A Philadelphia Fire Department paramedic is under fire for posting this picture with the caption: “Our real enemy.” The caption also said “Need 2 stop pointing guns at each other & at the ones that’s legally killing innocents.” Marcell Salters has also published highly antagonistic language toward police officers. He has since apologized but some have called for his punishment or termination. In the meantime, New York Mayor Bill de Blasio is under attack after Ismaaiyl Brinsley effectively executed two police officers over his anger with the recent decisions by grand juries in Missouri and New York. police have been protesting what they view as de Blasio’s unfair portrayals of police after the decision, including turning their backs on the mayor when he came to give a press conference on the murders.
Marcell Salters has been denounced for his attack on officers who often protect paramedics at accident and crime scenes. In now deleted comments, Salters said that he “never did or will like police” and “[b]ecause of what i do i have to work with them but dont have to like them . . . There are numerous crooked & corrupted cops (mostly white) & mostly they harass, beat, or kill innocents (mostly blks).”
He has since apologized and posted the following: “I would like to deeply apologize to anyone i have offended. That post was out of anger of what is going on around the world (mike brown, eric garner & etc) & past experiences that i have had with the police. . . My intentions was not to slander or hurt anyone or my brothers in blue. Again i am sorry.”
I have previously written about concerns that public employees are increasingly being disciplined for actions in their private lives or views or associations outside of work. We have previously seen teachers (here, here, here, here, here, here, here, here, here, here, here, here), here, here, students (here and here) and other public employees (here and here and here) fired for their private speech or conduct, including school employees fired for posing in magazines (here), appearing on television shows in bikinis (here), or having a career in the adult entertainment industry (here).
One different wrinkle is that Joseph Schulle, head of the firefighters’ union Local 22, said that Salters could be disciplined because he allegedly made a comment about the post while on duty. That creates a different context than many of the prior cases above where comments or postings were made entirely during off-hours or outside of public jobs. It is not clear what the comment was that is being isolated as a possible basis for discipline however.
I tend to view these cases from a first amendment perspective. I find Salters’ comments to be highly offensive and wrong. However, I do believe that he has a right to say them just as others have a right to denounced them. While such comments obviously make for tense working conditions, some of us believe that free speech requires bright-line rules of protection even for hateful speech like that of Marcell Salters.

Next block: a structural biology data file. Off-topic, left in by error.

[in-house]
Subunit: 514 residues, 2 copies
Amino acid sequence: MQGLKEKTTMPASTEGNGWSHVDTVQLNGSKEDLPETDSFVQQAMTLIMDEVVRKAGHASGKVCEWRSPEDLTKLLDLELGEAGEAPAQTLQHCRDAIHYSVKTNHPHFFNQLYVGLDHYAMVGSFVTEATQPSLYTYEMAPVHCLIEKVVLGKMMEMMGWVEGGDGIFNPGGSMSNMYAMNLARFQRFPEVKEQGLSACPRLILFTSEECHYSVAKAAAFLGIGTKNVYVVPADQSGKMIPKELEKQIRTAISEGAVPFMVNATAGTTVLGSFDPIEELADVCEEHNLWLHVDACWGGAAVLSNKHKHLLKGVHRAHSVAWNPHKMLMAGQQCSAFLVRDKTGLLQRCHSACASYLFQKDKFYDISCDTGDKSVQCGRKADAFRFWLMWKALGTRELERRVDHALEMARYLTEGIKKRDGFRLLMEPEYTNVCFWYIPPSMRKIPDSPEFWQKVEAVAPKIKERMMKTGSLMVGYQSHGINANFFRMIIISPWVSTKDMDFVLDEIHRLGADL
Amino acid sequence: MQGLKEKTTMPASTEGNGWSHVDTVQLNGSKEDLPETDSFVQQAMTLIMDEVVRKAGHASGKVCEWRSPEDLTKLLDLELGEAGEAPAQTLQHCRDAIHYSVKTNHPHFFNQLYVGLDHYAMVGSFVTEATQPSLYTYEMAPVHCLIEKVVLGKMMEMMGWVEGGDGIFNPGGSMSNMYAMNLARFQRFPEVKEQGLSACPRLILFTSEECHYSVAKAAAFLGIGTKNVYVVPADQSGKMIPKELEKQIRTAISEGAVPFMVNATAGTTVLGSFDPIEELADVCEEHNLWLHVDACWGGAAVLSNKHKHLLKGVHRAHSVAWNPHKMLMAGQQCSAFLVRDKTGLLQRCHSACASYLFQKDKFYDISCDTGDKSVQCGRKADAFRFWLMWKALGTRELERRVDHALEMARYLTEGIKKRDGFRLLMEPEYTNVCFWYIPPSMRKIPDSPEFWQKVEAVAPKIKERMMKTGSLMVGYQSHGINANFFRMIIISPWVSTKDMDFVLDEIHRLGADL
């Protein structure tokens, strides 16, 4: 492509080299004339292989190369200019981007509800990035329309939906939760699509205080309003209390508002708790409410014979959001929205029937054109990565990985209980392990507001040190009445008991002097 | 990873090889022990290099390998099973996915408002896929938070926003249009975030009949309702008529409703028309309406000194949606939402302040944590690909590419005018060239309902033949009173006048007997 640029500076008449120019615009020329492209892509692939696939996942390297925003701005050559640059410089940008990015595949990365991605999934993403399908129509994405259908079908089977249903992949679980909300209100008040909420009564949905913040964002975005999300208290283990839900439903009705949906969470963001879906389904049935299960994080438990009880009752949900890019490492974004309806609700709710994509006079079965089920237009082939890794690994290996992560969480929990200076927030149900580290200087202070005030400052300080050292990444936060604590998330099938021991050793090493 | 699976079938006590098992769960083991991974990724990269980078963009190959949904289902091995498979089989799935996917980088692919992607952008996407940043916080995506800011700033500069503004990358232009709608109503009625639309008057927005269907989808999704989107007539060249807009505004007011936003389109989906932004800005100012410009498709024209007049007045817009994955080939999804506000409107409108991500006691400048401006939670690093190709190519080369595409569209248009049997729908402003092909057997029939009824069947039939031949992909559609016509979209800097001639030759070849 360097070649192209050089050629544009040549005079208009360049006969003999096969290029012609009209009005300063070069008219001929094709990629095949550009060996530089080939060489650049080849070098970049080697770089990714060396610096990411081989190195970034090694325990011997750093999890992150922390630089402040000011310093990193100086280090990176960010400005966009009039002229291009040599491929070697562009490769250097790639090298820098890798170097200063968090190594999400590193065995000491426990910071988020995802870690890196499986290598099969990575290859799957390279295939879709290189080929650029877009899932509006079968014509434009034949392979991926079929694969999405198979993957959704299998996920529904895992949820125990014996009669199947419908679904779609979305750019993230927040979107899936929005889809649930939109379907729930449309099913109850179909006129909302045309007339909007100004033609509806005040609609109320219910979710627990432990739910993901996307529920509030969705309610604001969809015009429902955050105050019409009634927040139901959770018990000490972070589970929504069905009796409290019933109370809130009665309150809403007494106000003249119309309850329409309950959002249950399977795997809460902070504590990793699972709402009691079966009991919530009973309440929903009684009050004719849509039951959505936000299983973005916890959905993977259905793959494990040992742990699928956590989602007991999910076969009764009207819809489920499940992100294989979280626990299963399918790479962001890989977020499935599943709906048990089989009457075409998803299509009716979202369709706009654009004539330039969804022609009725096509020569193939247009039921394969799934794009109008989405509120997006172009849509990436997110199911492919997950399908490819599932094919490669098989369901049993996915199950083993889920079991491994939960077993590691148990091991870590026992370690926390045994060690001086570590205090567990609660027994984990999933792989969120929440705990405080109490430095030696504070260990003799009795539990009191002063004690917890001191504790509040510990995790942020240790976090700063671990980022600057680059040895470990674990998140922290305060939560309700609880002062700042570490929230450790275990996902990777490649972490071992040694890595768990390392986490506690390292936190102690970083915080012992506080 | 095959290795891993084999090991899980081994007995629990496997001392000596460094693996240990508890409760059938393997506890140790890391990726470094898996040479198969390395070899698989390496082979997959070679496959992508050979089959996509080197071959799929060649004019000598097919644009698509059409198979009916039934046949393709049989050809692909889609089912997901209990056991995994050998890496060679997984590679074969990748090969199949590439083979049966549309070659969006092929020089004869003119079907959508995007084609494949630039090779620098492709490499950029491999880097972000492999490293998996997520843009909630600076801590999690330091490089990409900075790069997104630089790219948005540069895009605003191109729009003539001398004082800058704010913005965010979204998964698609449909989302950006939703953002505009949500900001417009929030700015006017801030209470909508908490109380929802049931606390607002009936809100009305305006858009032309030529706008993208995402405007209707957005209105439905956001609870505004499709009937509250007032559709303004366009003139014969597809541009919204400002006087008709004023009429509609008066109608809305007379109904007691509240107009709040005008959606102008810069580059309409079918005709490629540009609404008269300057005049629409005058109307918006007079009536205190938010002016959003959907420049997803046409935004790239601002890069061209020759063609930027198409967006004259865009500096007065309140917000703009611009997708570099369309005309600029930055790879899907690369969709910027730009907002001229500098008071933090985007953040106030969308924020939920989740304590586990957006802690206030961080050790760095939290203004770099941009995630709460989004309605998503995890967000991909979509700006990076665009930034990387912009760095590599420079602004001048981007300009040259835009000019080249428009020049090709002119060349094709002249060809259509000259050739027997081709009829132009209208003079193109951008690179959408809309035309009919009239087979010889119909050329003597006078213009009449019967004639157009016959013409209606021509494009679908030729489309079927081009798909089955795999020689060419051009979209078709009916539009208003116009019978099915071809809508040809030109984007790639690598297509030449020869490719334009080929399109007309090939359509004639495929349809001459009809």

The uproar of police in Philadelphia has joined an equal if not greater outcry of officers in New York.
Ismaaiyl Brinsley, 28, the killer of officers Wenjian Liu, 32, and Rafael Ramos, 40, had a history of violence and mental instability. He shot the officers as they sat in their patrol car in Brooklyn on Saturday before he ran to a subway station and shot himself. Only hours earlier, he shot and wounded his 29-year-old ex-girlfriend, Shaneka Thompson, at her home in Baltimore, Maryland. After shooting Thompson, Brinsley threatened on Instagram to kill police officers while referencing the New York and Missouri grand jury decisions: “They Take 1 of Ours… Let’s Take 2 of Theirs #ShootThePolice #RIPEricGarner #RIPMike Brown. This May Be My Final Post.”
Before the murders, Brinsley reportedly struck up a conversation with two men. According to the police, he asked the men “for their gang affiliation; he asked them to follow him on Instagram; and then he says: ‘Watch what I’m going to do.'” That is when he walked past the patrol car, circled it and then crossed the street to come up behind the car. That is when he fired four bullets through the front passenger window, killing the officers.
Police directed their anger in part at de Blasio who has been viewed as supporting the protests against police after the decision of the New York grand jury. The Patrolmen’s Benevolent Association even went as far as having officers to sign a petition calling for Mr de Blasio to be barred from attending their funerals if they were killed in the line of duty. There is also a growing racial rift over de Blasio’s policies. A poll last week found seventy percent of black people approved of the mayor’s performance while only 32 percent of white people supported him. Yet, he had received good polling numbers over his handling of protests following the decisions in New York and Missouri.